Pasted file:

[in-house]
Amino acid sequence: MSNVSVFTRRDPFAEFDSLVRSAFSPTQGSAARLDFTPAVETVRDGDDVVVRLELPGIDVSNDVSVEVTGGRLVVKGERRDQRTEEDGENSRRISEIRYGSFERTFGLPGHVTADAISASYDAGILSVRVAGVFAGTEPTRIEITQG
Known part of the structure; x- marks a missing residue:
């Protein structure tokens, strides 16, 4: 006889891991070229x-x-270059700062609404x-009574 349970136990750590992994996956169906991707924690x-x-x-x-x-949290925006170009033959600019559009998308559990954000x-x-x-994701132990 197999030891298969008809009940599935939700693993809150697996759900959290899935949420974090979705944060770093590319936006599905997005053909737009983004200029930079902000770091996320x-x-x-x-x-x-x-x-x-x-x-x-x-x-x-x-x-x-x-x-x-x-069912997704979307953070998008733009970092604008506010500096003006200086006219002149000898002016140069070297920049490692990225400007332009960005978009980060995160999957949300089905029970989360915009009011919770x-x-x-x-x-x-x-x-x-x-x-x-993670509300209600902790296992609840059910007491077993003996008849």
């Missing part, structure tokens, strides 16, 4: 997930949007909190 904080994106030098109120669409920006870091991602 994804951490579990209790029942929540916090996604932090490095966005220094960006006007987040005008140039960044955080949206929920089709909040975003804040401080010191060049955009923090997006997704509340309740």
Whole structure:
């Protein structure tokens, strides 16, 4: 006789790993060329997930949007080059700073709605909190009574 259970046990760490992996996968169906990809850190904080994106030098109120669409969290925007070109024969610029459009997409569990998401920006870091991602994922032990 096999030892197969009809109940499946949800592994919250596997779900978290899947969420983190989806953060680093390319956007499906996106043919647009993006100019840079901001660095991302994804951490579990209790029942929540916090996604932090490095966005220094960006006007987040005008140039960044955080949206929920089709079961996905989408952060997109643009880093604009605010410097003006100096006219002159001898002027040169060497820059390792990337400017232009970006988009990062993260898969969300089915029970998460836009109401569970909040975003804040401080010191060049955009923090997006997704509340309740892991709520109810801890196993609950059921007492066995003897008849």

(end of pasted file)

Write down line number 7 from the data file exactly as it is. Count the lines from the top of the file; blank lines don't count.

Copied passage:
């Protein structure tokens, strides 16, 4: 006789790993060329997930949007080059700073709605909190009574 259970046990760490992996996968169906990809850190904080994106030098109120669409969290925007070109024969610029459009997409569990998401920006870091991602994922032990 096999030892197969009809109940499946949800592994919250596997779900978290899947969420983190989806953060680093390319956007499906996106043919647009993006100019840079901001660095991302994804951490579990209790029942929540916090996604932090490095966005220094960006006007987040005008140039960044955080949206929920089709079961996905989408952060997109643009880093604009605010410097003006100096006219002159001898002027040169060497820059390792990337400017232009970006988009990062993260898969969300089915029970998460836009109401569970909040975003804040401080010191060049955009923090997006997704509340309740892991709520109810801890196993609950059921007492066995003897008849």